Mission Bush Pilot and Nurse

After spending three years in Guyana, South America, we have now moved to Bewani, 50 Km south of Vanimo, Papua New Guinea. We have started a new humanitarian aviation ministry here. In visiting with health officials and church people here, the need for an aviation program to reach into remote villages became very apparent. We are taking health workers and medicines/vaccines, into remote village airstrips and bringing out critically ill patients to the hospital. We also fly in educational materials for schools, as well as take in Bible workers. Toni is helping with the medical end of things, while Gary takes care of the flying part. We have several local lay missionaries we sponsor and we do ground transport for patients as well. We are volunteers here to serve our God and the unreached people of Papua New Guinea. We have a great need for more people to join in this effort.

Sunday, June 29, 2008

Life in Guyana

We had about 13 people over for lunch yesterday. We didn't know most the mission house was coming . . . one of the families brought a big dish of lasagne, and another lady brought a small dish of something. we had also invited the doctor and his wife over. they are both doctors from Cuba, and have 2 daughters. They have only been here 3 months. He's doing pretty well with his english. She and the kids are not. I had made a huge pot of rice and another one of beans. Not fancy; but food. I also made a cabbage/carrot salad, and we had watermelon. We had plenty of beans and rice left over. S0, I guess we'll be eating them this week!!! I didn't know we'd have the lasagne when I made the food. Anyway, we ate and visited then went over to the botanical gardens for a walk. They were having a lot of weddings--or at least pictures were being taken of the wedding parties. There were some interesting trees, manatees eating grass in a pond, some beautiful big pond lilly type of flowers in the swampy areas. It was nice.


There is a van that belongs to GAMAS (Guyana Adventist Medical Aviation Services) that we've been using some. On Thursday night--it was parked right outside of our gate, and someone broke in and stole the battery (just cut off the cables), and airplane parts. The guys had to borrow the other doctor's van. He's from the US. They had to take him to the airport at 6 am that morning because he went back to the US to bring his wife and kids back. He has a 3 y/o son, and they just had twin girls 5 months ago. Now she's coming home. Anyway, since then, they have been using his van. Last night, his van was broken into, and the battery and a cd/tape player stolen. Quite discouraging. There is a security company that is supposed to be watching the premises at night, but I guess they sleep a lot--they certainly aren't doing a very good job.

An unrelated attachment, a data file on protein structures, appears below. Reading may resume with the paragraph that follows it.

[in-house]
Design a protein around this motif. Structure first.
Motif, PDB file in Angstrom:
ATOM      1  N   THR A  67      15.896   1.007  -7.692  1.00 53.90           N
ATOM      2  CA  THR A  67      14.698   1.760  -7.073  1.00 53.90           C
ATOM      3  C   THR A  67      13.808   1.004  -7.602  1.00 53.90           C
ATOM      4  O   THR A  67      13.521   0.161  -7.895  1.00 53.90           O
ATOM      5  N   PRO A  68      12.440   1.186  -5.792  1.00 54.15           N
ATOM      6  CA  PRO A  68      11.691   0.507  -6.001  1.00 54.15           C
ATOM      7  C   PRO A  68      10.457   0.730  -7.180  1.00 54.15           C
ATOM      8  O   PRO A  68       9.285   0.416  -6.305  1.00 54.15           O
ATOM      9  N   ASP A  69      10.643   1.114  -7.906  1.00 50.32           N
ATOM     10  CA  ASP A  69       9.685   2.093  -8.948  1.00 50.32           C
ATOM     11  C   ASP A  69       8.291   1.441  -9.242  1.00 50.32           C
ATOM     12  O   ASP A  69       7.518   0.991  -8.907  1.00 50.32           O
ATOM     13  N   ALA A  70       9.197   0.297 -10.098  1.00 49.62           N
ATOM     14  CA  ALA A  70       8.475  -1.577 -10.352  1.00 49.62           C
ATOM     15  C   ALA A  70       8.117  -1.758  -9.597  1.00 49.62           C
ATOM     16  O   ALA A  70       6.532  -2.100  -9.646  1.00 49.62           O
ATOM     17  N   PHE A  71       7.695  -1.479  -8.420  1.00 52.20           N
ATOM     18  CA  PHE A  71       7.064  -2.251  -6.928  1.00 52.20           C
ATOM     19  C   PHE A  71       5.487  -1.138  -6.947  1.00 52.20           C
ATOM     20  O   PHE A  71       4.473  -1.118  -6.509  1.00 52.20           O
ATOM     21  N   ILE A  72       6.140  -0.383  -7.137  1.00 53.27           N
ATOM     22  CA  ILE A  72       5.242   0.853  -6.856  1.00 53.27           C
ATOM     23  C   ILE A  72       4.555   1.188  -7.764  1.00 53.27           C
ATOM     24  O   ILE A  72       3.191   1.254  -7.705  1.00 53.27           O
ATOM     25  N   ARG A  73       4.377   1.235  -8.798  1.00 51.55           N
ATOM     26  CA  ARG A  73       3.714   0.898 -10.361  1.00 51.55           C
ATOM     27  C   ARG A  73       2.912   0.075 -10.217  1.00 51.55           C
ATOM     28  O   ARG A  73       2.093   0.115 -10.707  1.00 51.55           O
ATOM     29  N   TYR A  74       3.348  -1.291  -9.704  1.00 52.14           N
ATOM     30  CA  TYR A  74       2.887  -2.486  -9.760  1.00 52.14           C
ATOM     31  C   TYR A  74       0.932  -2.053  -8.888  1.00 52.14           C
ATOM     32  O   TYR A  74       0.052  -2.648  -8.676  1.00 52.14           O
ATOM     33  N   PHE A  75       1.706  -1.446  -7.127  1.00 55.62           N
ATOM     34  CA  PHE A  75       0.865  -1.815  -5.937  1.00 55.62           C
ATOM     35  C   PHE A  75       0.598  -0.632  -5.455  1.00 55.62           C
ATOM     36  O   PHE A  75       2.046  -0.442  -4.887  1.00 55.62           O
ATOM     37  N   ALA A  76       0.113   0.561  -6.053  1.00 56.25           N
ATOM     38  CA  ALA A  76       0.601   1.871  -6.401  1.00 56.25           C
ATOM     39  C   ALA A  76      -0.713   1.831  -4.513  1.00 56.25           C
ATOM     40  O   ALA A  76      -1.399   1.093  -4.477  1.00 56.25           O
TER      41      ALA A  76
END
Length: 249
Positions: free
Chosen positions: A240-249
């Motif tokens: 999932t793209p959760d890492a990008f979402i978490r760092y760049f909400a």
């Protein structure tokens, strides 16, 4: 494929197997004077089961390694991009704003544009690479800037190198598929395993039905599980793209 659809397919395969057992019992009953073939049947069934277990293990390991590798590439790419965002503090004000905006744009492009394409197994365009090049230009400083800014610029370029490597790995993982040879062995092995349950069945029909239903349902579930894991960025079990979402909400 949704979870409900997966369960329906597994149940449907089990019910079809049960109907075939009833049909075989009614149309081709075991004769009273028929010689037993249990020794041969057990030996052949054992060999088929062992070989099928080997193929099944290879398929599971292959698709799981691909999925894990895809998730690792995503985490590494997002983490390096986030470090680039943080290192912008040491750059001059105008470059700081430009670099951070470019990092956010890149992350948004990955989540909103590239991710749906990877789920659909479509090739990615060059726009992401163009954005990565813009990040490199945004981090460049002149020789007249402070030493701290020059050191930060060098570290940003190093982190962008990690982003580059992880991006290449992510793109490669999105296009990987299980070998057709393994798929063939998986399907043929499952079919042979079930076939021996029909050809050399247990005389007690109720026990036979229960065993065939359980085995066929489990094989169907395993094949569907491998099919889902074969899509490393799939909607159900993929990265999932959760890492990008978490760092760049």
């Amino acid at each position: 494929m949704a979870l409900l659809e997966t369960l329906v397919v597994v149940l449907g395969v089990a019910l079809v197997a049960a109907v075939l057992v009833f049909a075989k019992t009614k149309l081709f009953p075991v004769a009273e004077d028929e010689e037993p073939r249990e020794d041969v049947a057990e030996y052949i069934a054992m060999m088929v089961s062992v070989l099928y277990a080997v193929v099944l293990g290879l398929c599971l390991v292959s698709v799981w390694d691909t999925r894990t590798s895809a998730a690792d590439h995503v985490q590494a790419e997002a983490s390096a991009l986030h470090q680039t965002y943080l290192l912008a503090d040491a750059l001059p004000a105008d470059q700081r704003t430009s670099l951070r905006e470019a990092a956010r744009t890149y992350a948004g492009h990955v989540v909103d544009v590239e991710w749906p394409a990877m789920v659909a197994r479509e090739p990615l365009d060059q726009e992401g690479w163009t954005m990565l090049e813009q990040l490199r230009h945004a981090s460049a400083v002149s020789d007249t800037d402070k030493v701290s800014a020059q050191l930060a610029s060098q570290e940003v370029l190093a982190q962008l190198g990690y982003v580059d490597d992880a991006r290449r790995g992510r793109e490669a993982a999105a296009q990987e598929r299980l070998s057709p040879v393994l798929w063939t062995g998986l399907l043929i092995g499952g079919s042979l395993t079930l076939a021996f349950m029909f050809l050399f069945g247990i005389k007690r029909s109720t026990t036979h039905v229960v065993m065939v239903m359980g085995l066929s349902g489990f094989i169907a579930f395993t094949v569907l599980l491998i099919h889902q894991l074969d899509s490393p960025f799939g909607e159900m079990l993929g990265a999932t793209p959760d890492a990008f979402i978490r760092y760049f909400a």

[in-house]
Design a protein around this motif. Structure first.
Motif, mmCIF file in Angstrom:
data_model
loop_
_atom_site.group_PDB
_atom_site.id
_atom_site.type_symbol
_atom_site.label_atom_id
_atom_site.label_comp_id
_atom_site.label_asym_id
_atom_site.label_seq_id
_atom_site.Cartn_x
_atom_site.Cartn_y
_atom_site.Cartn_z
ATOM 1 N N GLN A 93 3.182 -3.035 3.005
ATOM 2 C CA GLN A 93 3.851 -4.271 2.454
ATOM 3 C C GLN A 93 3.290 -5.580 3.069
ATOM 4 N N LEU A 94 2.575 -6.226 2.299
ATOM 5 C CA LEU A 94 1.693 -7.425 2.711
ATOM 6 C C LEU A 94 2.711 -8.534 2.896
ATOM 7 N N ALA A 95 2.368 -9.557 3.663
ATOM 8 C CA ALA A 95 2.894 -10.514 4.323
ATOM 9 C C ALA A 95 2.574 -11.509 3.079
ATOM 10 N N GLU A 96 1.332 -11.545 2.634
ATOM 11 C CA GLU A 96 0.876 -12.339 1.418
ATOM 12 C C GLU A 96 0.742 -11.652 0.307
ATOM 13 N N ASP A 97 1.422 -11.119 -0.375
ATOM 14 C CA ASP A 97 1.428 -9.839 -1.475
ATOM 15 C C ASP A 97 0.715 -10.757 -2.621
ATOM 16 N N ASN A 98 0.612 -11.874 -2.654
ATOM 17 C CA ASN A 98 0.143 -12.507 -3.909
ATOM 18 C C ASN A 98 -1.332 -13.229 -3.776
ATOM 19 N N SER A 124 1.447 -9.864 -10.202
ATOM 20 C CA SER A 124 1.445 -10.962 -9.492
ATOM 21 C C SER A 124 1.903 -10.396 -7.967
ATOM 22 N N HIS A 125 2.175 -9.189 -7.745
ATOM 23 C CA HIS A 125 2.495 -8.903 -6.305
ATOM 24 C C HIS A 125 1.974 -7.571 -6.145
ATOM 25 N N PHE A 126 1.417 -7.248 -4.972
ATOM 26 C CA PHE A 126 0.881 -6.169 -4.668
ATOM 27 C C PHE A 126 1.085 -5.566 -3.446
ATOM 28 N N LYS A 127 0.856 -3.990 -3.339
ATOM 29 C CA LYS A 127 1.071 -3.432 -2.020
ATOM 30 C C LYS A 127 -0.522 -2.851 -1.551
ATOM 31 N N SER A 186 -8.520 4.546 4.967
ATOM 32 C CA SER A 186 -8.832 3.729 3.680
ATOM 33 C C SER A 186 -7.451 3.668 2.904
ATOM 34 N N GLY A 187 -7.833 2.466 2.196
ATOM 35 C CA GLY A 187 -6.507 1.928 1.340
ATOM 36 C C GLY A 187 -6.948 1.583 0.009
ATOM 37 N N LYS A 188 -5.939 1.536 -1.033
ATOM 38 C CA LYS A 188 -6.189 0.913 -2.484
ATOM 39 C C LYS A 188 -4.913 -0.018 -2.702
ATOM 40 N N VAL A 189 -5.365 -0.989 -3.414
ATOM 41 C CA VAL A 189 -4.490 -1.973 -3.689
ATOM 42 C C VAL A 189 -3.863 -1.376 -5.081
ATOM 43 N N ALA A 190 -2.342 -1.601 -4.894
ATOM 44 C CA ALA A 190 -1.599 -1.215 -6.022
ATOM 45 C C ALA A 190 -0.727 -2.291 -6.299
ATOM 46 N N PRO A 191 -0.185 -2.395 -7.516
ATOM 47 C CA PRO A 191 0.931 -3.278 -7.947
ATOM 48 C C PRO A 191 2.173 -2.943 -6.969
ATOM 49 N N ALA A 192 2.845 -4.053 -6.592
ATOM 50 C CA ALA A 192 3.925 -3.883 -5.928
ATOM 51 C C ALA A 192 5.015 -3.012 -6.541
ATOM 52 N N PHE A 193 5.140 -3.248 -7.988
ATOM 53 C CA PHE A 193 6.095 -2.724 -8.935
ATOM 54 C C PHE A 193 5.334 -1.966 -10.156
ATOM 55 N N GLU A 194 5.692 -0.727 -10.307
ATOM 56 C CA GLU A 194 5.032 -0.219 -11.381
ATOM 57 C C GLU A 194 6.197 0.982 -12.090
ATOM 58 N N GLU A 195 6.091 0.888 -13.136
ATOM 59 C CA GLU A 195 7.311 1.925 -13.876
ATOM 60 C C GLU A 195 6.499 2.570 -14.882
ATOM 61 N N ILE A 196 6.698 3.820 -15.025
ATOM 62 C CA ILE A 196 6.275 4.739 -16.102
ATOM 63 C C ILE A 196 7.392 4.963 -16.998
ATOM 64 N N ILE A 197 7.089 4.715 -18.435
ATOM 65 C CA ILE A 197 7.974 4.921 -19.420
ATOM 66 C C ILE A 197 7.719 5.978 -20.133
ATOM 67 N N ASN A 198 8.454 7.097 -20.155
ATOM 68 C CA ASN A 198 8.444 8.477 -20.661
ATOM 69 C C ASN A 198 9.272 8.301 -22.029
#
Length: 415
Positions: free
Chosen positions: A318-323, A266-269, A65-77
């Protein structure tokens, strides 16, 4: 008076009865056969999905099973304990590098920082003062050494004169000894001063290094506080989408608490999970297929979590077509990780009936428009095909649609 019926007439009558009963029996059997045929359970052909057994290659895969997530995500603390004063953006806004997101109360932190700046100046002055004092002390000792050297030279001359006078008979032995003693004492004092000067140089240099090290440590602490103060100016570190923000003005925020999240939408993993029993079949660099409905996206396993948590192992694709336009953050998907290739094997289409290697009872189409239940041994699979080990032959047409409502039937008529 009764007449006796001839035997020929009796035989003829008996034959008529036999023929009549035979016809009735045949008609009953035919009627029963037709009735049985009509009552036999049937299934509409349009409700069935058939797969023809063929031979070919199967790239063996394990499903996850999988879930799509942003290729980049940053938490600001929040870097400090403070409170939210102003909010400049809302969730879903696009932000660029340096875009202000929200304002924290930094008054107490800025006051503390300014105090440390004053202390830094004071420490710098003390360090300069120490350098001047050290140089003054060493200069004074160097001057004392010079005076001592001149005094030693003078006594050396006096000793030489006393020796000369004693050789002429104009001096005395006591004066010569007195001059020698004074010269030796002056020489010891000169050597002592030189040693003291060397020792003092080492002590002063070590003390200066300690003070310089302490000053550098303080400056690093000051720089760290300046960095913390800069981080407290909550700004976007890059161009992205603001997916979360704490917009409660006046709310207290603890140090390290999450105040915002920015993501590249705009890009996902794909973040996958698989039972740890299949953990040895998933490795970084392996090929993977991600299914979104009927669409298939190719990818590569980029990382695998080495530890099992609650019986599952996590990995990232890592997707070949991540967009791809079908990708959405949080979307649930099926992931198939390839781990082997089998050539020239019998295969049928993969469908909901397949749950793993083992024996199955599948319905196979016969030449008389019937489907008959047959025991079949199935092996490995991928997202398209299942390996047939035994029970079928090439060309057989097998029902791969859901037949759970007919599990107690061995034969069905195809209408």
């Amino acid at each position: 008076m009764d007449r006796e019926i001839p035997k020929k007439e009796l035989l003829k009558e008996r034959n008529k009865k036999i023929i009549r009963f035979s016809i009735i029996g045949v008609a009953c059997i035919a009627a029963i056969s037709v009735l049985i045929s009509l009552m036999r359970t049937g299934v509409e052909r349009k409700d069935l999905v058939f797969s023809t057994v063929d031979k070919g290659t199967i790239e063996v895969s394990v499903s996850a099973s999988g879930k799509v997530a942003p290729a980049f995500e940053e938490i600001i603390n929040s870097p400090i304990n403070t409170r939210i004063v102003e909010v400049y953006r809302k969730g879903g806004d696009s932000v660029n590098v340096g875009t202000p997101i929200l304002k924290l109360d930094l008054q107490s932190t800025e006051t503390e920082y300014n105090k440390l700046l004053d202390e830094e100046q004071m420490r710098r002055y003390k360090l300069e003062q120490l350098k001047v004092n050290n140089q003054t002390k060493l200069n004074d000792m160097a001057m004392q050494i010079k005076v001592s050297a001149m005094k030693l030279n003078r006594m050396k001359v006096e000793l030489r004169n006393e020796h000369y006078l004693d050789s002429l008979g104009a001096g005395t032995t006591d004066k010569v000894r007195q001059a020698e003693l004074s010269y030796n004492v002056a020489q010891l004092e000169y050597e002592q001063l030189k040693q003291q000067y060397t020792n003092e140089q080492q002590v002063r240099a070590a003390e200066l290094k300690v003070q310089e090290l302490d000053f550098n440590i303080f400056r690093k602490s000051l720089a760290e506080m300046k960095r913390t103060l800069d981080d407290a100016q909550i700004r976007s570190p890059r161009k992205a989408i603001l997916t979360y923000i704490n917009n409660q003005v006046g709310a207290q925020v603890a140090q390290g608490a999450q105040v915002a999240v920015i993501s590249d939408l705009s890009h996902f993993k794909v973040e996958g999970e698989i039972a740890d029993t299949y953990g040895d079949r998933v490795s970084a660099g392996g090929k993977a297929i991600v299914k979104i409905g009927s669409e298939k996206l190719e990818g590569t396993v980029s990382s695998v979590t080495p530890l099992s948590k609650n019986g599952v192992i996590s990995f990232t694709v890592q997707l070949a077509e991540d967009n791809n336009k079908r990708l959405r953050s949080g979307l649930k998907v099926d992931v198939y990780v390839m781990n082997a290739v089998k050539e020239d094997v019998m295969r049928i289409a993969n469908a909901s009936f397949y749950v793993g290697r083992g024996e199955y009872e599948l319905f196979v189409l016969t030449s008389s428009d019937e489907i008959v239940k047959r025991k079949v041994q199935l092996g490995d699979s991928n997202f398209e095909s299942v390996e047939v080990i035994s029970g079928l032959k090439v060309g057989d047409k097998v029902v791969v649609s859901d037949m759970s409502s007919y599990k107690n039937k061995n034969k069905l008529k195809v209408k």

Friday, June 27, 2008

One week in Guyana

It has been one week since we arrived in Guyana. Wow, a lot has happened. We faced strong headwinds on our flight down here in the Maule airplane we purchased in California just before we left. It took us an extra day to get here because it slowed us down so much, but the Lord parted the weather so we could stay on course most of the time. We flew the islands down to get here. Toni flew down commercially since it was too tight in the little 4 seater with 3 adults and 2 small kids already. That way she was able to bring some luggage for us as well. She had quite a flight but the Lord was with her and she and all the luggage arrived together. We had to leave the plane at the international airport upon arrival, as they hadn't issued a permit to operate it in the country yet. Monday, they informed us that our request would have to go to the cabinet meeting with the president,that meets only once a week. The next day, we went back to the Civil Aviation office, and they handed us a letter stating it was OK to operate now. God intervened and we were spared days and weeks of waiting. We have been trying to get the Cessna 172 inspected here so we can fly it, too, but have hit many delays. We had to do many repairs and touch up paint to make it look better.